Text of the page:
On the other hand, that so many would be enticed into giving their money to this sham shows how desperate the global markets are for energy breakthroughs.
Is it only me who thinks it might be telling that the work is published with Wiley Online? As in: http://en.wikipedia.org/wiki/Wiley_E._Coyotehttp://onlinelibrary.wiley.com/doi/10.1002/er.3142/abstract;jsessionid=E17D2817E628B7C19EF31DAAFAEE57D7.f02t02
Quote from: adrianwyard on 01/30/2014 12:12 amIs it only me who thinks it might be telling that the work is published with Wiley Online? As in: http://en.wikipedia.org/wiki/Wiley_E._Coyotehttp://onlinelibrary.wiley.com/doi/10.1002/er.3142/abstract;jsessionid=E17D2817E628B7C19EF31DAAFAEE57D7.f02t02It is probably only you. Nice potshot. John Wiley & Sons, Inc publishes academic papers.
I am pleasantly surprised to see the video was posted. After trashing BLP and Wiley Online, I shall - for my sins - watch this two hour video...
So does Blacklight work?
+ They are seeing 1KJ released from 0.01 ml of water in <1 millisecond. The demo released ~1MW.+ So energy density is 0.1TW per Liter of water.+ 1 Liter of water is equal to 100 liters of gasoline. (1h25m)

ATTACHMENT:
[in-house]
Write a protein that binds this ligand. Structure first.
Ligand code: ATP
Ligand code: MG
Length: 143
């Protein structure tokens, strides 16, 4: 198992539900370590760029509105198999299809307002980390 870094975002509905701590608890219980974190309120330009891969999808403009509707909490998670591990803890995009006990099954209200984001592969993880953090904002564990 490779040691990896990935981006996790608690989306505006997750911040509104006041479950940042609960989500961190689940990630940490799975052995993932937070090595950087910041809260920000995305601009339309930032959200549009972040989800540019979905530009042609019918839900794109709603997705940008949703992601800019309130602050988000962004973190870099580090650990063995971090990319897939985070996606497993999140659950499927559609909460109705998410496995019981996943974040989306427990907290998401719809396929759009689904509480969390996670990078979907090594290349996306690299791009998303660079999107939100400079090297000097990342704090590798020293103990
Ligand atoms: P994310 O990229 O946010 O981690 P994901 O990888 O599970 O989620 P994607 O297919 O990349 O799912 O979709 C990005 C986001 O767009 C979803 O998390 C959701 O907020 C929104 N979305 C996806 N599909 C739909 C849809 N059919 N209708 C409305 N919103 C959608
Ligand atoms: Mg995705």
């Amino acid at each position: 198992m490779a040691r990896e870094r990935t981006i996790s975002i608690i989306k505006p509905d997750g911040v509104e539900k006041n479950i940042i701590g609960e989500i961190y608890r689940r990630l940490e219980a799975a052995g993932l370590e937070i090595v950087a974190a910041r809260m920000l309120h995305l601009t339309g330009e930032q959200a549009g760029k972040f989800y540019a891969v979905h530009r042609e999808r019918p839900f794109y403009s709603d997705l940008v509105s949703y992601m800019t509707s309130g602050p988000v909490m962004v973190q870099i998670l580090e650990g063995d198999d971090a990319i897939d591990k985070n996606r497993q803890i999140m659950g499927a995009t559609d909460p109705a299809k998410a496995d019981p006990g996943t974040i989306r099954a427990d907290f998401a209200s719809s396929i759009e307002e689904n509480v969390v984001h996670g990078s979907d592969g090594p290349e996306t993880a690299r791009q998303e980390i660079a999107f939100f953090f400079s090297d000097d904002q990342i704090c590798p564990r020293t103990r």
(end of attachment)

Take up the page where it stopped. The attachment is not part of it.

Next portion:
It seems to me that placing a little water between the electrodes of any old spot welder would make a flash and bang. We have to trust Mills that what we’re seeing is unexpected.
To be fair, I may have misheard a few things - the audio was recorded on-camera and hard to hear.I think they are generally referring to 1ms as the event duration, and then assuming you could repeat that 1000 times per second for max theoretical power output. So if 0.01 ml of water gives you 1MW, then a full liter could indeed give you a max of .01TW.According to Wikipedia the energy density of gasoline is 31MJ per Liter.It is a little suspicious to me that all the numbers are powers of ten.
I can't right now find place where he said the energy density was 0.1TW/l, so my notes may be in error on that. So at a minimum, he's saying 0.1TW is the max theoretical power output of a 1 liter system.